LearnFrenchwith Us!Start Learning!
This Friday (vendredi), le quatorze juillet (July 14), is la fête nationale française, known in the United States and many parts of the world as Bastille Day. And if you’re like many francophiles, you may think this day celebrates the storming of the royal prison of la Bastille on July 14, 1789 … and you’d be right, but only partly so!
Officially established as la fête nationale (the national holiday) by the French Assemblé in 1880, the festivities do indeed celebrate the storming of the Bastille as the start of the revolution, but perhaps more importantly the 14th is also the anniversary of la Fête de la Fédération (a celebration of the ideals of the French Revolution – la liberté, la fraternité, et l’égalité / liberty, brotherhood, and equality – and of the nation) during which Louis XVI himself (before, of course, famously losing his head later!) and other representatives of the young republic swore an oath to the constitution, promising to uphold the laws of the new nation.
The ceremonies of this first Fête de la Fédération were led by the Marquis de LaFayette (whom Louis XVI had named as commander of the troops in Paris after his return from supporting the American colonists in their recent bids to win independence from the other great European monarchy of the day, Great Britain) and took place on the Champs de mars (named, not for the month of March, but for the Roman god of battle, Mars [Greek: Ares or Aries]) which is framed today by the Eiffel Tower at one end and Hôtel des Invalides at the other.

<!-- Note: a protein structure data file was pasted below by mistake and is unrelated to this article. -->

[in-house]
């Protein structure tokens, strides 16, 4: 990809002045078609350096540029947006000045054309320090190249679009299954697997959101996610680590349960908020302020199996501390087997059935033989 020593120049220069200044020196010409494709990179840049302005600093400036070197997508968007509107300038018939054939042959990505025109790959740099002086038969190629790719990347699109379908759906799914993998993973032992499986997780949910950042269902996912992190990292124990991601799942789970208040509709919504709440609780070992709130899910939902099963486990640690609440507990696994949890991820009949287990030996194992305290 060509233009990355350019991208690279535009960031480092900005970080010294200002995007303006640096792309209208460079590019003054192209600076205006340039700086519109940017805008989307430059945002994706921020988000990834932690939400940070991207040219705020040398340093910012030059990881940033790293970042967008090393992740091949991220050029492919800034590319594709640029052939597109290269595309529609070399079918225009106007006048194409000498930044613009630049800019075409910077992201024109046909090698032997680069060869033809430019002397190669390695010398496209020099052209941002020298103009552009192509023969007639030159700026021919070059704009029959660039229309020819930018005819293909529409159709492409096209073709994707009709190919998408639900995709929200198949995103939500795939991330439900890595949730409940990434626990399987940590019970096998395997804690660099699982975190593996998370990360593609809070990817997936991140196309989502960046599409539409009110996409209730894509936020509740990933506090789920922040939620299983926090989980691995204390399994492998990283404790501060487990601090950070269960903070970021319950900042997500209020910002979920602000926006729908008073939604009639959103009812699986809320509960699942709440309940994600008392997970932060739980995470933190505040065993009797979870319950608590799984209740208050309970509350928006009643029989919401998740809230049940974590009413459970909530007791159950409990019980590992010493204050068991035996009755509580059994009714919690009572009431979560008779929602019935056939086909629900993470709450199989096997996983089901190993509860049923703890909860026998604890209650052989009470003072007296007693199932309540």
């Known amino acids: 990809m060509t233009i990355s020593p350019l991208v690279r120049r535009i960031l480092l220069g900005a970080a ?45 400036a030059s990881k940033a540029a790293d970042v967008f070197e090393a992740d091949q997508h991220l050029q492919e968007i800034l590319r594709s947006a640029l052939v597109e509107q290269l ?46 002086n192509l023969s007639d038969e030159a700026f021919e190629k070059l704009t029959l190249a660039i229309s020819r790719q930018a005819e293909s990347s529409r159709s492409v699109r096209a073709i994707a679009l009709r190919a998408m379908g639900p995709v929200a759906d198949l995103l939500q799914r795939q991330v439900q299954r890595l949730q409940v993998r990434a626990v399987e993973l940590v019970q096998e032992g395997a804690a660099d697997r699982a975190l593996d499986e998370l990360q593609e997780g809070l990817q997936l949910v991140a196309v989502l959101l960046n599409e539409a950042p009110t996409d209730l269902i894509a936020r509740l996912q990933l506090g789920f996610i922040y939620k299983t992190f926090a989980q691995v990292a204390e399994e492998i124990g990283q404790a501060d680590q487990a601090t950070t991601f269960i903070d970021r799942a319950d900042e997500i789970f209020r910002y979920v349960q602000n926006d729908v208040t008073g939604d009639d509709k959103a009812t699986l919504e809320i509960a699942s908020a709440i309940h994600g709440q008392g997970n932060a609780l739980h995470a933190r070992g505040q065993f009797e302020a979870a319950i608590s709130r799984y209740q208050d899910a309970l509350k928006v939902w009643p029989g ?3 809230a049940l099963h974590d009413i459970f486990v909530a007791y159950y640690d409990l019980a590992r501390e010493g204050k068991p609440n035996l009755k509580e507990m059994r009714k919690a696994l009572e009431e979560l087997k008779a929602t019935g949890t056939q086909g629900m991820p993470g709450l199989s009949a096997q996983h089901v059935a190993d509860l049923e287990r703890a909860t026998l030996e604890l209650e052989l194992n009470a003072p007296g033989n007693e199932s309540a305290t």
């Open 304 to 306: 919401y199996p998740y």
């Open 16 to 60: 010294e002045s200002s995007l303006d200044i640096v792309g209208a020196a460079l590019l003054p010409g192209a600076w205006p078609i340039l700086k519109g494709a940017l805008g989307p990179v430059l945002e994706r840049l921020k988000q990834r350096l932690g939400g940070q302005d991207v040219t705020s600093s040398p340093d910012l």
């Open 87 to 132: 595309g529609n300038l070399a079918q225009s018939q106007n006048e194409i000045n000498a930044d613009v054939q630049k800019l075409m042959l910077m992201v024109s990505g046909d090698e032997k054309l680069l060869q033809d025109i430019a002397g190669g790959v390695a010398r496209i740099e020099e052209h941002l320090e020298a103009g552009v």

As today, the early celebrations of the 14th involved local dances and military parades. In 1989, year of the bicentennial celebrations, I was lucky enough to spend juillet in Paris and to participate in three days of bals, defilies, feux d’artifices, and more (balls, parades, fireworks). La nuit du 14 (the night of the 14th), we even went out to a night club after the final fireworks, danced till dawn, and then went back to the Champs-Élysées for le petit-déjeuner au levé du soleil! (breakfast at sunrise) In the clips below you can see highlights from the amazing défilé along the Champs and the world-famous Opera singer, Jessye Norman, performing the French national anthem, La Marseillaise*, from the Place de la Concorde.
* Did you ever notice that la Marseillaise is a major motif in Tchaikovsky’s 1812 Overture? It shouldn’t be a surprise, I suppose, since the piece was written to celebrate Russia’s defense of its territories against the invading armies of Napoleon. Listen to the horn section that begins here (link will take you to Youtube) for an example.
July 14th in the country, 1928, Tadeusz Makowski [Public domain], via Wikimedia Commons
Prise de la Bastille By Jean-Pierre Houël – Bibliothèque nationale de France, Public Domain, https://commons.wikimedia.org/w/index.php?curid=106405
Fly-over by France’s Alpha Jets by By XtoF – Own work [More at http://www.pixinn.net], CC BY-SA 4.0, https://commons.wikimedia.org/w/index.php?curid=41593211